Our pets are more than just animals; they are our companions, part of our family, and they depend on us for their wellbeing. This responsibility often extends beyond regular feeding and walks, into the realm of their health and safety in the environment they live and play in.
One commonly overlooked threat to our pets’ safety comes from a type of weed that might be growing right in your backyard, or in the parks and trails where you take your pet for a walk. This seemingly innocent plant, known as the foxtail, can pose a serious health risk to our pets.
Foxtails are a type of grassy weed found across North America. They are easily identifiable by their spikelet or cluster of seeds, which resembles the tail of a fox, hence the name “foxtail”. This plant is most commonly found in open fields, but can also grow in urban areas, along sidewalks, and in our yards. The greatest danger to our pets comes from the barbed seed heads of the foxtail.
These barbed seed heads are designed to burrow into the ground with the help of the wind, aiding the plant’s reproduction. However, they can also penetrate through the fur of our pets and embed themselves in the skin, or worse, get into the ears, eyes, nose or mouth. Because of their barbed design, once they’ve penetrated, they can continue to move further into the body, potentially leading to severe complications or even death.
So, when does the foxtail pose a threat? The danger is most acute during the dry season when the plant dries up and the seed heads fall off. These can easily latch onto your pet as they pass by, especially if they are running through a field or digging in an area where foxtails are present.
If your pet has come into contact with foxtails, there are several signs that you should look out for. They may start to excessively lick or chew at an area where a foxtail has penetrated the skin. If a foxtail has entered an ear or nose, your pet may shake their head frequently, or sneeze persistently. In severe cases, a visible abscess may form, or your pet may become lethargic or show signs of pain. If you notice any of these signs, it’s important to examine your pet carefully.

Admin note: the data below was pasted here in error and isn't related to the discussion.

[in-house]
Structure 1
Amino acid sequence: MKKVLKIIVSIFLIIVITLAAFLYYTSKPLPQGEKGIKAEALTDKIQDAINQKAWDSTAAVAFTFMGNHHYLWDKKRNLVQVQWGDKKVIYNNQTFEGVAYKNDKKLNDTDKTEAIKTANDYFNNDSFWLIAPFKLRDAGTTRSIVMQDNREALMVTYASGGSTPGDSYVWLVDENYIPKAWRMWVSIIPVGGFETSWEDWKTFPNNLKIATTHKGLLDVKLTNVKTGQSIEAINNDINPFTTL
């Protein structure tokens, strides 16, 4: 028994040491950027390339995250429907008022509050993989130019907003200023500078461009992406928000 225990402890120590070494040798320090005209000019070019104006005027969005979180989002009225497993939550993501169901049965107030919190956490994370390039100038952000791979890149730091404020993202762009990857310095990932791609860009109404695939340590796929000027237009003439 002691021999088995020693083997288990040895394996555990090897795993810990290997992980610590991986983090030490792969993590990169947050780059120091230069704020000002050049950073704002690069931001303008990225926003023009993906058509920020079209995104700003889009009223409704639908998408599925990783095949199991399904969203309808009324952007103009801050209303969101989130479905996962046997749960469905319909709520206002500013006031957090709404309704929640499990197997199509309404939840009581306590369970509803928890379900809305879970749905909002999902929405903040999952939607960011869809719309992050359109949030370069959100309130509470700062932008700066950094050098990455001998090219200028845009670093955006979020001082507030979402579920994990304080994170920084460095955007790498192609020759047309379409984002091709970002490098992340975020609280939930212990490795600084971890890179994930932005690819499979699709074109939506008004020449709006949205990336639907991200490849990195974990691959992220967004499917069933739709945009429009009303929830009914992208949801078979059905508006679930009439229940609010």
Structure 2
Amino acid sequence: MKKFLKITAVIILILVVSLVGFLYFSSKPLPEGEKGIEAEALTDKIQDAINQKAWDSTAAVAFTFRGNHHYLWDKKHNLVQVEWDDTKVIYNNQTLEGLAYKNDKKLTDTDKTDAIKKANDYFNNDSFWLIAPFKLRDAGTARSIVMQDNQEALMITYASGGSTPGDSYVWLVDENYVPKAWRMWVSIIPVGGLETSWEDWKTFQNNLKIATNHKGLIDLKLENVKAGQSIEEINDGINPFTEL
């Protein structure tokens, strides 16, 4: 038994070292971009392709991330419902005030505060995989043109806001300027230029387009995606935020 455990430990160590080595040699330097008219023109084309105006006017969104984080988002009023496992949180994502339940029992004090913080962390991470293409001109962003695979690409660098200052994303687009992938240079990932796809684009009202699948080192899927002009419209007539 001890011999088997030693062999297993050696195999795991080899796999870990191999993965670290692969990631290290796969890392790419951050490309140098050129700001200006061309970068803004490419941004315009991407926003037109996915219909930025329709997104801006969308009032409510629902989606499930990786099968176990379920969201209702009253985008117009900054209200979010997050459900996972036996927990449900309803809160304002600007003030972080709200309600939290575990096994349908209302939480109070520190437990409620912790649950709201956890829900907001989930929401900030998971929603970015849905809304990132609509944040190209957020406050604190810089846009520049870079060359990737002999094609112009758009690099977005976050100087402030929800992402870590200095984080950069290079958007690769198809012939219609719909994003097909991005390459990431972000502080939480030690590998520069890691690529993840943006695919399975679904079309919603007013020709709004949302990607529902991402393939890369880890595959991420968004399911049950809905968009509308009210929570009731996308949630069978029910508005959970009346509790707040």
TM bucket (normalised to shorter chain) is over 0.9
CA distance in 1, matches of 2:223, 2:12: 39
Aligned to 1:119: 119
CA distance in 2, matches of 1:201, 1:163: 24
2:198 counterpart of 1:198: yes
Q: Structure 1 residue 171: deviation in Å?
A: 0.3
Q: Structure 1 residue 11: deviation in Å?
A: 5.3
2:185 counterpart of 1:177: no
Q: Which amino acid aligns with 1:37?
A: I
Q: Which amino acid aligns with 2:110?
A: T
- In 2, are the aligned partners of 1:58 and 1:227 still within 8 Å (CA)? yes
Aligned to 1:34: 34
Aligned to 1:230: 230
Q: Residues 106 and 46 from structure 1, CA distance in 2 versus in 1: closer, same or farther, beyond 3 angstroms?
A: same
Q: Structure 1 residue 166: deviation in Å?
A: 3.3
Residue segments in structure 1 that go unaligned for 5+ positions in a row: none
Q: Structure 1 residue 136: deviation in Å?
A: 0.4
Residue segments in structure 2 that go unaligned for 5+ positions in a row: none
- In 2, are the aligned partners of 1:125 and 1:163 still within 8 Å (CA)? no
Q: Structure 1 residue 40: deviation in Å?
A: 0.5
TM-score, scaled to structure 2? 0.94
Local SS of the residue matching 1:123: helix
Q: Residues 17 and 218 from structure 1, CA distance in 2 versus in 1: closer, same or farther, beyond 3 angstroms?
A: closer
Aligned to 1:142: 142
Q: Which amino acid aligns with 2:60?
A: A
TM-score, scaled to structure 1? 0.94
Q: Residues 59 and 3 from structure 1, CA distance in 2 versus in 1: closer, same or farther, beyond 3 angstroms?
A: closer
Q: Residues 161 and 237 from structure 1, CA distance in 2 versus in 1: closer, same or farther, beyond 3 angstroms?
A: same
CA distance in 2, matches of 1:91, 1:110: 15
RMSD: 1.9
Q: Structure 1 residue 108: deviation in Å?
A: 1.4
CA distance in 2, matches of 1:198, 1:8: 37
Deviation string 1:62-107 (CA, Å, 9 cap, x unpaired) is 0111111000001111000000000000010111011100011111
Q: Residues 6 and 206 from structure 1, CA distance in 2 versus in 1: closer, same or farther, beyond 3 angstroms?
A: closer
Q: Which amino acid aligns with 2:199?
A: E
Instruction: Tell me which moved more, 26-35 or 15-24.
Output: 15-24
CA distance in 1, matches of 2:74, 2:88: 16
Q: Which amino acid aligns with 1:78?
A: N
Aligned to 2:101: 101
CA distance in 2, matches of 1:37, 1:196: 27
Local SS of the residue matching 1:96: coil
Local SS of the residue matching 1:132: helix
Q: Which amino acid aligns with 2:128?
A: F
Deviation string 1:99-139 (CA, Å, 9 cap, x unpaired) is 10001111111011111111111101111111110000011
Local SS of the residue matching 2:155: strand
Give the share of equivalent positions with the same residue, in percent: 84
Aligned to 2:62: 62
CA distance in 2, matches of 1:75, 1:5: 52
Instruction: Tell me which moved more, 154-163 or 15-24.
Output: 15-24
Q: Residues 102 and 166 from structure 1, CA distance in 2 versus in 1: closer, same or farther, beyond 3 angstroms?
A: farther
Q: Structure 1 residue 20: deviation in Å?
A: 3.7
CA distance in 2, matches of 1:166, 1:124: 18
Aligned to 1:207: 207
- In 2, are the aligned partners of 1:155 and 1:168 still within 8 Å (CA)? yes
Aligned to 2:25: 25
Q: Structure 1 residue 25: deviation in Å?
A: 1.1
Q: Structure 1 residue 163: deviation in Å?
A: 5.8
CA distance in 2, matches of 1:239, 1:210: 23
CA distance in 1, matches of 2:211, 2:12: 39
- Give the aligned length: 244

When examining your pet, look for foxtails in their coat and remove any that you see. Be sure to check the areas between their toes, under the collar, and within the ears and nostrils. If you suspect that a foxtail has penetrated your pet’s skin or has been ingested, it’s crucial that you seek veterinary attention immediately.
To protect your pet from the dangers of foxtails, it’s important to regularly check their coat, especially after walks or playtime in areas where foxtails may be present. Avoiding areas with dense foxtail growth during the dry season can also help reduce the risk. Training your pet to respond to commands like “leave it” can be invaluable in preventing them from sniffing or eating these dangerous plants.
Remember, when it comes to the health and safety of your pet, prevention is always better than cure. Keep an eye out for these pesky weeds and ensure that your pet stays safe from the hidden dangers of foxtails.